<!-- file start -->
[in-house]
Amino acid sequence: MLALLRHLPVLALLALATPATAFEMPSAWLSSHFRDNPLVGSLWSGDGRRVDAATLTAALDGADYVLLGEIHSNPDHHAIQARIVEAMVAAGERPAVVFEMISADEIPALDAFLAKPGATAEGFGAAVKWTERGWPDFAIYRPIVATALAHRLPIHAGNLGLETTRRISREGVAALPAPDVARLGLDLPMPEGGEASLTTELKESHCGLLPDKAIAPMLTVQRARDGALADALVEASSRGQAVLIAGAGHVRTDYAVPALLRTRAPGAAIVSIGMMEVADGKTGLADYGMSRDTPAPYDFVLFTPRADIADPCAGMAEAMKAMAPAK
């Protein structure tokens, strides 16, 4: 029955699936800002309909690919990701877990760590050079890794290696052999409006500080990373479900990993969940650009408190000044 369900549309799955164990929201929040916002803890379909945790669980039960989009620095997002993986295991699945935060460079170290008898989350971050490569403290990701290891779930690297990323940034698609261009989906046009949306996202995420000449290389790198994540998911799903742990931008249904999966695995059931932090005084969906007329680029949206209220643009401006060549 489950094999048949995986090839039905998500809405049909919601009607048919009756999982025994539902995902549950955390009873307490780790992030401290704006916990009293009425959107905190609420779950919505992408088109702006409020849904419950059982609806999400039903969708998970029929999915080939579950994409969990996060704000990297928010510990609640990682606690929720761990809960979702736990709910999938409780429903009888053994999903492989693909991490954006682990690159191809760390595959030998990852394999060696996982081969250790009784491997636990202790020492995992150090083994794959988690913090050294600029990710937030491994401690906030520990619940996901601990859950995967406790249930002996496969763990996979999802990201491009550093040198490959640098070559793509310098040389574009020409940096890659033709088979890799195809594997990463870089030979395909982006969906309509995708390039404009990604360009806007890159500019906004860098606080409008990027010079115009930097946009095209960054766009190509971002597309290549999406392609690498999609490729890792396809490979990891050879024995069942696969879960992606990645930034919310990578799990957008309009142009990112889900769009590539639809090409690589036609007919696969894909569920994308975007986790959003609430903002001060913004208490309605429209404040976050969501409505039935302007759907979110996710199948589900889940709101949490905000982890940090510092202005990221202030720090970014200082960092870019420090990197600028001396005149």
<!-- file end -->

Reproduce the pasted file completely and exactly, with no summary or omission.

[in-house]
Amino acid sequence: MLALLRHLPVLALLALATPATAFEMPSAWLSSHFRDNPLVGSLWSGDGRRVDAATLTAALDGADYVLLGEIHSNPDHHAIQARIVEAMVAAGERPAVVFEMISADEIPALDAFLAKPGATAEGFGAAVKWTERGWPDFAIYRPIVATALAHRLPIHAGNLGLETTRRISREGVAALPAPDVARLGLDLPMPEGGEASLTTELKESHCGLLPDKAIAPMLTVQRARDGALADALVEASSRGQAVLIAGAGHVRTDYAVPALLRTRAPGAAIVSIGMMEVADGKTGLADYGMSRDTPAPYDFVLFTPRADIADPCAGMAEAMKAMAPAK
């Protein structure tokens, strides 16, 4: 029955699936800002309909690919990701877990760590050079890794290696052999409006500080990373479900990993969940650009408190000044 369900549309799955164990929201929040916002803890379909945790669980039960989009620095997002993986295991699945935060460079170290008898989350971050490569403290990701290891779930690297990323940034698609261009989906046009949306996202995420000449290389790198994540998911799903742990931008249904999966695995059931932090005084969906007329680029949206209220643009401006060549 489950094999048949995986090839039905998500809405049909919601009607048919009756999982025994539902995902549950955390009873307490780790992030401290704006916990009293009425959107905190609420779950919505992408088109702006409020849904419950059982609806999400039903969708998970029929999915080939579950994409969990996060704000990297928010510990609640990682606690929720761990809960979702736990709910999938409780429903009888053994999903492989693909991490954006682990690159191809760390595959030998990852394999060696996982081969250790009784491997636990202790020492995992150090083994794959988690913090050294600029990710937030491994401690906030520990619940996901601990859950995967406790249930002996496969763990996979999802990201491009550093040198490959640098070559793509310098040389574009020409940096890659033709088979890799195809594997990463870089030979395909982006969906309509995708390039404009990604360009806007890159500019906004860098606080409008990027010079115009930097946009095209960054766009190509971002597309290549999406392609690498999609490729890792396809490979990891050879024995069942696969879960992606990645930034919310990578799990957008309009142009990112889900769009590539639809090409690589036609007919696969894909569920994308975007986790959003609430903002001060913004208490309605429209404040976050969501409505039935302007759907979110996710199948589900889940709101949490905000982890940090510092202005990221202030720090970014200082960092870019420090990197600028001396005149």